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Re: Question on the 100D jump limit

Postby baithammer » Tue Jan 15, 2019 7:50 am

There is a section in the Travellers Companion about Jump drives and some extra rules, including a section on Jump Masking.

The only way to land close enough to another ship is Synchronised Jumps, which is in High Guard. ( On purpose that is.)
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Re: Question on the 100D jump limit

Postby Condottiere » Thu Jan 17, 2019 10:16 am

1. It's one of those circular discussions.

2. I'm pretty sure you can drift down the rabbit hole; accelerating while transitioning might be considered an unnecessary complication by the astrogator, and presumably doesn't affect the time spent in hyperspace, unless it throws off the astrogator's calculations, and might be regarded a traffic hazard at the off ramp.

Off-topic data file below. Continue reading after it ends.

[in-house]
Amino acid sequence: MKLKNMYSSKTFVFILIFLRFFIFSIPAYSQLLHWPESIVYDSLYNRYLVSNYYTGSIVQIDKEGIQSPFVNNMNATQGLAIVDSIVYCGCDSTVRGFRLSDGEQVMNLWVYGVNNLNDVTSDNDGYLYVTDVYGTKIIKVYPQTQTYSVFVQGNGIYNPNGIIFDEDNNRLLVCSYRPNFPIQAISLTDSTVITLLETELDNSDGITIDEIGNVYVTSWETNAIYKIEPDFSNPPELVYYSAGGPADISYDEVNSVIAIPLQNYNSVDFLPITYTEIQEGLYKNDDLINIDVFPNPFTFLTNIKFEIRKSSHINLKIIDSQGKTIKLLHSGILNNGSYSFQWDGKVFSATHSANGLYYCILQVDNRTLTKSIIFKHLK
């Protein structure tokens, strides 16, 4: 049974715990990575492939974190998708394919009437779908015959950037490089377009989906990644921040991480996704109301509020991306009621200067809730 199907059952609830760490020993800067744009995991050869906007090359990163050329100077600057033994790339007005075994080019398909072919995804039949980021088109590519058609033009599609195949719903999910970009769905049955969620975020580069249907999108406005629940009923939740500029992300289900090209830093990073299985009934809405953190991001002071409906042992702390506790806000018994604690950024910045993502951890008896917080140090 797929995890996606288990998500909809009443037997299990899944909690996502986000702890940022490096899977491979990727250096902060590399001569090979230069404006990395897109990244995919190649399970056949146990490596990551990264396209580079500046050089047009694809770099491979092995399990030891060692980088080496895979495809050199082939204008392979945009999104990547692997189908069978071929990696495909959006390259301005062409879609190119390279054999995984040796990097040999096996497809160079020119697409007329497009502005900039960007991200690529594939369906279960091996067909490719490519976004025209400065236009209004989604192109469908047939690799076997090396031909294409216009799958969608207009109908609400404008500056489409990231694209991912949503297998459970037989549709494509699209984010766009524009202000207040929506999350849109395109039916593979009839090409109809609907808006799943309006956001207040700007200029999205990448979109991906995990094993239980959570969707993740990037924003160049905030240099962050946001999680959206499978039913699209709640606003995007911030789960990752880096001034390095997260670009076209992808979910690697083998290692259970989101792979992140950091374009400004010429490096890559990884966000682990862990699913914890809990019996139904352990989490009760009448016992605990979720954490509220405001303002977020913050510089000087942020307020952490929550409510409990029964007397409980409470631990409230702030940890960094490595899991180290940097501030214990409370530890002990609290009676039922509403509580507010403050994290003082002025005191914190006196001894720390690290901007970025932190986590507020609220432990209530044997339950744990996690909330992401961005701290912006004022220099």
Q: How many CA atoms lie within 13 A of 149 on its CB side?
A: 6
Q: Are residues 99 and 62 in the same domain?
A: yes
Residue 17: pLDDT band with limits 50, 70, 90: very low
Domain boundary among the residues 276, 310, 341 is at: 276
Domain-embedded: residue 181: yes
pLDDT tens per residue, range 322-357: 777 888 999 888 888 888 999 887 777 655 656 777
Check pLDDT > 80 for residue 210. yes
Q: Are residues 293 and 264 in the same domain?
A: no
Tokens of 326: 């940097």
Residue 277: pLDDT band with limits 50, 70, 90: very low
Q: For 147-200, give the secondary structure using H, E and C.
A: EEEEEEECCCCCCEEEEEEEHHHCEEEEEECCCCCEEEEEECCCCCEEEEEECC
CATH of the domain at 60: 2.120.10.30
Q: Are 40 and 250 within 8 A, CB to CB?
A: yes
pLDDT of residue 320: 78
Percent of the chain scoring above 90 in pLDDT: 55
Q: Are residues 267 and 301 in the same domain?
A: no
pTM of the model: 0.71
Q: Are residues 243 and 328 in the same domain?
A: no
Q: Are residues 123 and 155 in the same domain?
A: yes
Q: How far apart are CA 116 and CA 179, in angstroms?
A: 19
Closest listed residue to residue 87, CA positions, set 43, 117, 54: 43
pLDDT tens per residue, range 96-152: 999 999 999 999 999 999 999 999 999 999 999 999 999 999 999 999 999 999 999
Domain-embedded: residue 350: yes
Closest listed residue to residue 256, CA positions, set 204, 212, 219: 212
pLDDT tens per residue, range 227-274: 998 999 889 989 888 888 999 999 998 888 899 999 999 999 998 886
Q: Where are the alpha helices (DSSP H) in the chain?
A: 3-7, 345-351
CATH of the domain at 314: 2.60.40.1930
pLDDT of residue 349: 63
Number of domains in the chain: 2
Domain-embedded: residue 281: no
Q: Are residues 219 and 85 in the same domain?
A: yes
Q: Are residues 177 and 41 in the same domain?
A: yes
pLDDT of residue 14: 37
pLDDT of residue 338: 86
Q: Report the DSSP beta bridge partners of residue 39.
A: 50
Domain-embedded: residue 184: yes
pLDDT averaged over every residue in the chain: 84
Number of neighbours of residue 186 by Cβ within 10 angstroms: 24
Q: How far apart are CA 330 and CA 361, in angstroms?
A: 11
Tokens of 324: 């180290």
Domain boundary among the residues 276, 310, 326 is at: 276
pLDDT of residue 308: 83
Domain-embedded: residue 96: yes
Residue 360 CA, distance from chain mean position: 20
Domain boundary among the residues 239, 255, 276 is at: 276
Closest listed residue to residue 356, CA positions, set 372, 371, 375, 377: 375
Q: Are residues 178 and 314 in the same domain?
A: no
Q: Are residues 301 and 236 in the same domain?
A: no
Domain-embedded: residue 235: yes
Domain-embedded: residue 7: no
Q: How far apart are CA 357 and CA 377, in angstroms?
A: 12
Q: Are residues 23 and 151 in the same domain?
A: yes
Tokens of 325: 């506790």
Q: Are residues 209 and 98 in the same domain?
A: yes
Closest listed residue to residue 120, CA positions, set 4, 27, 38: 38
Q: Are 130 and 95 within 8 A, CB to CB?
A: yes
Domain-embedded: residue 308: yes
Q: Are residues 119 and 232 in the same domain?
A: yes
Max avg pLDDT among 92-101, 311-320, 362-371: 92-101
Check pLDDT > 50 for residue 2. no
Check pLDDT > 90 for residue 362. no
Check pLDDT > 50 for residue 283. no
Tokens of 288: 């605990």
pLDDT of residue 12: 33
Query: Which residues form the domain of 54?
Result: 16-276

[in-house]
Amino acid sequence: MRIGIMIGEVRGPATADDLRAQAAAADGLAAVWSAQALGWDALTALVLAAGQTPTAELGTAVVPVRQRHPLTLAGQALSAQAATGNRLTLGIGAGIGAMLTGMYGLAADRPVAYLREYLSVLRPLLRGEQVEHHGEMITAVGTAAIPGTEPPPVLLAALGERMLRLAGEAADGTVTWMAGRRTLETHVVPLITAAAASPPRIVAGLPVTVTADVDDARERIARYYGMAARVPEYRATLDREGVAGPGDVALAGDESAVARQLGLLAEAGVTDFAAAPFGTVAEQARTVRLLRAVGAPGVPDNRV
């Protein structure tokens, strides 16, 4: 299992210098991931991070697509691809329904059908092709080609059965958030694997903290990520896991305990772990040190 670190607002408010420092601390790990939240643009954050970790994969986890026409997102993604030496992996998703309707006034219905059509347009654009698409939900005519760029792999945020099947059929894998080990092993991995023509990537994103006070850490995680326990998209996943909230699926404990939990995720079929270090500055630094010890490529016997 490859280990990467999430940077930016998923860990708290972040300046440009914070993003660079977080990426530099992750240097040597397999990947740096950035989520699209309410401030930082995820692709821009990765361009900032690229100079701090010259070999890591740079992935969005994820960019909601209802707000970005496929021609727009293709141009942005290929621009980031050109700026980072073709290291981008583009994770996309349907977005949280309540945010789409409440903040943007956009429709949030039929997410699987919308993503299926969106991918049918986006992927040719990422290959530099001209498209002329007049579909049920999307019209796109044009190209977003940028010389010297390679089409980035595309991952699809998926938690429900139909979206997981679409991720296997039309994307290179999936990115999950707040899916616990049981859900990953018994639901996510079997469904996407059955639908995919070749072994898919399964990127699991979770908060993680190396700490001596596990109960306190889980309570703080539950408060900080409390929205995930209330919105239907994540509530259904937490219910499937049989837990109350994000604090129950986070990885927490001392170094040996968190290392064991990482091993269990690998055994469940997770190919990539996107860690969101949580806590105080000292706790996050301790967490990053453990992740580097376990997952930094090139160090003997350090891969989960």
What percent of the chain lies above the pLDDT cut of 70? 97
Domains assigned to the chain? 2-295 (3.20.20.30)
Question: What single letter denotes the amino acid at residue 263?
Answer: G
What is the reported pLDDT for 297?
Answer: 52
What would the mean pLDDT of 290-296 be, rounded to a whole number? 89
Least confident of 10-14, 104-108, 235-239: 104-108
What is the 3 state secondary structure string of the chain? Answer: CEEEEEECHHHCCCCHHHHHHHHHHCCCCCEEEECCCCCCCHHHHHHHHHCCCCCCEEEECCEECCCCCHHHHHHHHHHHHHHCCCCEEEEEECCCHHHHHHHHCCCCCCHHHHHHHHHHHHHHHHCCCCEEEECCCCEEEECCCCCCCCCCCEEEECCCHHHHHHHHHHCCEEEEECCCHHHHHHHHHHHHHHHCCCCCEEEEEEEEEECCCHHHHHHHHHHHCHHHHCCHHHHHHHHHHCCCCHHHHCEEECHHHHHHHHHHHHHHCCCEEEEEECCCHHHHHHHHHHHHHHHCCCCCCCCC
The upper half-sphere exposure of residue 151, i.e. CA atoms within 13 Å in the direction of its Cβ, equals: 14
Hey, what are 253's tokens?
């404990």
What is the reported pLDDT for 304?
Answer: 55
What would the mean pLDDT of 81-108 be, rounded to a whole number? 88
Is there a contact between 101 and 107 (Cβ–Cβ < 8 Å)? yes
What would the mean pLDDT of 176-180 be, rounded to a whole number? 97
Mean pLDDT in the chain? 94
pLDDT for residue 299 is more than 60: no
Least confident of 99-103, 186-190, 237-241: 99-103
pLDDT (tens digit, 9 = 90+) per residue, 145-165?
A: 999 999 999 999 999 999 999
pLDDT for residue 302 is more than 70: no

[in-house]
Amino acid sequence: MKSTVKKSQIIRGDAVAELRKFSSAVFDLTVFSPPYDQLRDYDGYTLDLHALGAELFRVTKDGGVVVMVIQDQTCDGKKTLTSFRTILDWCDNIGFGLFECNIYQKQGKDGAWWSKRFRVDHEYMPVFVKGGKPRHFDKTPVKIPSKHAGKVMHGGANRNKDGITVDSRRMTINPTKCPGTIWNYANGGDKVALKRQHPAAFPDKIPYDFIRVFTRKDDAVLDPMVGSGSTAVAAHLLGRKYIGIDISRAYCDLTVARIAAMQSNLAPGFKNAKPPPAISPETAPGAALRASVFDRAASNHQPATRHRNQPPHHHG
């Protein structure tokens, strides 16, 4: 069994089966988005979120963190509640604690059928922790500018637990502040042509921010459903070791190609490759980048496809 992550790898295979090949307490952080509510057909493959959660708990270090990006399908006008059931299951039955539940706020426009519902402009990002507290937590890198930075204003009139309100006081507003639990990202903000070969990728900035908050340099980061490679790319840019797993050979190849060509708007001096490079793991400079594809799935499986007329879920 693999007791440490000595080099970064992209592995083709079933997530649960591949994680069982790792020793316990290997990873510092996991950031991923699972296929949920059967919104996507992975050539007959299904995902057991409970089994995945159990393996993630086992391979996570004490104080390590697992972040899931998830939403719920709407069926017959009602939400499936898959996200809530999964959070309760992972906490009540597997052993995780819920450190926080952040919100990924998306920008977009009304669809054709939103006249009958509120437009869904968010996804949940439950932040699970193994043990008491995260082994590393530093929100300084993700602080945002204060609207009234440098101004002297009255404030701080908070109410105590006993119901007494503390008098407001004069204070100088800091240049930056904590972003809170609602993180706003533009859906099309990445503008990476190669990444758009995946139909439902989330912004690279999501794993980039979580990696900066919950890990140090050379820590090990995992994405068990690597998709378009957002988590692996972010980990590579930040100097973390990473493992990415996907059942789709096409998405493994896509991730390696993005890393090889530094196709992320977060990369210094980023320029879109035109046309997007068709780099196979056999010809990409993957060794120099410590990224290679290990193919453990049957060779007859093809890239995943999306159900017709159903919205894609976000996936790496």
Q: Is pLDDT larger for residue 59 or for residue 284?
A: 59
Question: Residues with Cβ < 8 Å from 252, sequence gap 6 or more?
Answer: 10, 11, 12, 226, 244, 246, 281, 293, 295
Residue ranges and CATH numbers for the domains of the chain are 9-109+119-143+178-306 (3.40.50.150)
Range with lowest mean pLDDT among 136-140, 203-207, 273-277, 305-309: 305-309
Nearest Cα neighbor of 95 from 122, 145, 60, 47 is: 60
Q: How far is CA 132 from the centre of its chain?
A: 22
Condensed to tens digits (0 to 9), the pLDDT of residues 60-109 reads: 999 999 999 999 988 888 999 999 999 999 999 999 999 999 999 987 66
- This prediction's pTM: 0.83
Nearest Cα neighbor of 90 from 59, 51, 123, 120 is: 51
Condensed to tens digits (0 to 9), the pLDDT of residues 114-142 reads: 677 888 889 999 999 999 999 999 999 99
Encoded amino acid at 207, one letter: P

3. Pretty sure that most star ports map out, possibly for years ahead, jump lanes for all possible approaches and times, and inform nearby systems of them, like a train schedule.

4. Masking by known interstellar objects/hazards doesn't require an astrogation check; maybe a memory one, if you don't check the astrogation charts, and likely the ship's computer would register as impossible course when entered.
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Re: Question on the 100D jump limit

Postby Linwood » Sat Jan 19, 2019 1:26 pm

That last point might be an adventure seed. “Wait a minute - I used a similar course back in the day when I last came through here and now the computer says it’s impossible! What changed?”